December 7, 2015
Well, the little devils fooled us again. On January 6, 2013 we discovered the migration (see History); began catching frogs in 2014 on January 7; last year they took us by surprise by beginning to migrate December 20 of 2014. Last night we got 3.06 inches of rain, the streams of the Tualatin Ridge exploding down the steep slopes, roads awash, flooding along the highway at the ridge’s foot. Where I live a culvert carrying a tiny stream under the property blew out, the road below it a sudden creek, taking a little slice of the slope down with it. I was watching the water erupt out of the hillside with Pat, my neighbor, when he mentioned he’d seen frogs on our road the night before.
That would mean the first frogs migrated December 6 this year, two weeks ahead of expectations, just as they had last year! The weather was very wet and warm, so I sent a message out to our core group -- frogs! -- and that I’d be at the usual place at dusk checking. I called Shawn with the bad news that the frogs may have taken over our nights earlier still, and she said to call if I needed help.
Got down to the Harborton falls a little before 5 PM, just as it got dark.
Caught a male immediately.
Checked along the highway, caught another male.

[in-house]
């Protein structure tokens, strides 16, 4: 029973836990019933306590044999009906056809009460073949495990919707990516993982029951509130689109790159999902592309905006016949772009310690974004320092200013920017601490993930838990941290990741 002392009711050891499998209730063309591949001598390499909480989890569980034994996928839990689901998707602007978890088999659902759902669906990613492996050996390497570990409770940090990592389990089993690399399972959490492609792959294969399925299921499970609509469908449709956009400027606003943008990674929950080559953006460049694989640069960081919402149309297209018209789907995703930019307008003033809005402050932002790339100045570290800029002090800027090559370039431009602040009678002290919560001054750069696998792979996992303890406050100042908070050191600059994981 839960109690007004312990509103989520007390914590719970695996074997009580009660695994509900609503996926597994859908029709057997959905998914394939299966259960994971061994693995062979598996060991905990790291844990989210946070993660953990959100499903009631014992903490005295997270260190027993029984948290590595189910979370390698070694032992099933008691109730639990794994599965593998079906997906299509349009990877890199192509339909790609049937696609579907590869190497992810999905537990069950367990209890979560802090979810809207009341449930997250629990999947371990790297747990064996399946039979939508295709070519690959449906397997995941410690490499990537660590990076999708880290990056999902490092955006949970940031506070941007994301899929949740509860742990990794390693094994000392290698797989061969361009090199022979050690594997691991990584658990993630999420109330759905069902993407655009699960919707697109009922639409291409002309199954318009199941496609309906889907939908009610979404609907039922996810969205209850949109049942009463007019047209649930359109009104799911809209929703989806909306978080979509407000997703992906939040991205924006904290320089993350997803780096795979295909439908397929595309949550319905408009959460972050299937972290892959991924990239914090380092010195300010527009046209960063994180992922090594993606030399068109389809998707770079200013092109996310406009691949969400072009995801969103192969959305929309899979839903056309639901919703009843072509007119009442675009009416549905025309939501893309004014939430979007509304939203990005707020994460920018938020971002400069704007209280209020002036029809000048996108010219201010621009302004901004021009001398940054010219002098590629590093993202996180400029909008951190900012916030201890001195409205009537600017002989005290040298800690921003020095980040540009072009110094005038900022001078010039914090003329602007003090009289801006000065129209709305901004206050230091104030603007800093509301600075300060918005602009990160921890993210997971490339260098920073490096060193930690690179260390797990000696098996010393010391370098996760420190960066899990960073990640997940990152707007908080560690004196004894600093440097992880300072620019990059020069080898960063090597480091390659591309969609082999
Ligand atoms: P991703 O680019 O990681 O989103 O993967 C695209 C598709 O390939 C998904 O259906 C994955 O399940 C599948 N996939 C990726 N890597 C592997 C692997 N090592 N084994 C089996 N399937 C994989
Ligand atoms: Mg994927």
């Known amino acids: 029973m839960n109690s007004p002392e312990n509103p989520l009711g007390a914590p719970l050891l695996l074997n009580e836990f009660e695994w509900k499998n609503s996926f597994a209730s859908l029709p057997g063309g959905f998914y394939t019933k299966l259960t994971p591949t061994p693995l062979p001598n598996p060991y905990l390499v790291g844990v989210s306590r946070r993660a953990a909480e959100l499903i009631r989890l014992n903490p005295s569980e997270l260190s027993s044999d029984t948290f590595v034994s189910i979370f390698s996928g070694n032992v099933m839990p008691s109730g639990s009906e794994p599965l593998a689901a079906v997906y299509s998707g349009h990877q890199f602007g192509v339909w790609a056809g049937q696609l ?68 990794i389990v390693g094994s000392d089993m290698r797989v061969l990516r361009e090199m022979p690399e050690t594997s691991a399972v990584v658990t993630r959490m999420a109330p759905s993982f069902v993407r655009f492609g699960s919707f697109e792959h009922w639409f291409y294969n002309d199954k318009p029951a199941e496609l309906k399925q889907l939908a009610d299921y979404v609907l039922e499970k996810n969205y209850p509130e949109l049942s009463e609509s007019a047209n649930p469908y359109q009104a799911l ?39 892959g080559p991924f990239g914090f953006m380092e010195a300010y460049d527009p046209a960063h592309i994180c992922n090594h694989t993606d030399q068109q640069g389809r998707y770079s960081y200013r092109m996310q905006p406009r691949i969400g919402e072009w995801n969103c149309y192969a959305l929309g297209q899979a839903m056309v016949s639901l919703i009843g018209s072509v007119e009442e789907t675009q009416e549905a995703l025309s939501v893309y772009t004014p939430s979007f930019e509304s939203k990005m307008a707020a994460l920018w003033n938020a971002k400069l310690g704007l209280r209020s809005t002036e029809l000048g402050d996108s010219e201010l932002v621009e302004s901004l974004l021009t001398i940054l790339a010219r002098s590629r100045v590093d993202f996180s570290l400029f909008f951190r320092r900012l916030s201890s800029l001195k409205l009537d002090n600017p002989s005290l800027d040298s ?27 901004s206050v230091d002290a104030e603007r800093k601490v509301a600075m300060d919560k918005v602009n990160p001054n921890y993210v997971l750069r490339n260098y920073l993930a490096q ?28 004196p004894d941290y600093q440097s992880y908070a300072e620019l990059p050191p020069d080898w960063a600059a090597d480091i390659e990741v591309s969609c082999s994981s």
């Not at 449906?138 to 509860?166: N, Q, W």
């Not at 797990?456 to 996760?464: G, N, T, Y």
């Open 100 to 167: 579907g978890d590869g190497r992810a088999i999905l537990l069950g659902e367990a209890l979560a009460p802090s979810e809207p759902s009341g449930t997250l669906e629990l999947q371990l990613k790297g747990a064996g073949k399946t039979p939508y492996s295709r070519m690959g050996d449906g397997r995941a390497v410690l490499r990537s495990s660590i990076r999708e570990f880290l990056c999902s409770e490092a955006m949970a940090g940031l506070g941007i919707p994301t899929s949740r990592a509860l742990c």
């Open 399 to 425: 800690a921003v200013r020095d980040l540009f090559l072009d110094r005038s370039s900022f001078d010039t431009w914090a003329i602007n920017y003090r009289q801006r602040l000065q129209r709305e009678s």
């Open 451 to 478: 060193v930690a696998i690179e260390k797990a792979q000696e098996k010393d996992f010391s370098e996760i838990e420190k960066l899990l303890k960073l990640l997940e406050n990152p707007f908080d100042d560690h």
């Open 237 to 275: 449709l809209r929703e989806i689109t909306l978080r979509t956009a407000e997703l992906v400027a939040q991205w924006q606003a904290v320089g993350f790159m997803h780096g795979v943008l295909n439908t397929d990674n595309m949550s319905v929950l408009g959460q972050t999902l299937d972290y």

A car pulled in, its headlights raking the road. It was Sue, our biologist and technical leader, on her way home from work. She was a touch surprised I had two frogs, but then said, “Well, we know they move in December.” Then Shawn arrived, then Jeff, then Jane, who got right to installing fabric on the guardrail, excited to see if it would make frog catching easier.
Quite a few frogs were dead on the highway, so they’d tried to cross the moment it was dark, as I arrived just a few minutes later. (They perhaps migrate during the day up in the forest, as well as night, massing at the forest edge waiting for darkness?) Later Sue and I were chatting about the frogs when she said, “I hate doing this!” -- meaning that catching frogs was unnatural; what if the juveniles were helped from the pond to the forest, where they would stay for a couple years, and then didn’t know how to get down to the pond, because they’d not made the trip up to the forest on their own? Unnatural and problematic perhaps, but what is the alternative?
A new storm was to arrive at 3 AM, so when I awoke at 4:30 I went down to see what was happening. The storm hadn’t arrived yet; still well above 50 degrees though. The traffic was heavier on the highway than I expected at that hour, especially semis, coming in long, noisy spurts. No respite for the frogs! Our little neighborhood road was seemingly quiet, with no little hops arching from the dark pavement. But then I caught three beautiful females, each looking quite patient sitting at the edge of the road, and each full of eggs. Walked them across to the far side of the highway. So the night’s totals -- the first of the 2015-16 winter -- came to 29 males and 8 females, with somewhere between 15 and 30 killed on the highway (impossible to tell, the bodies so smashed).
-posted by Rob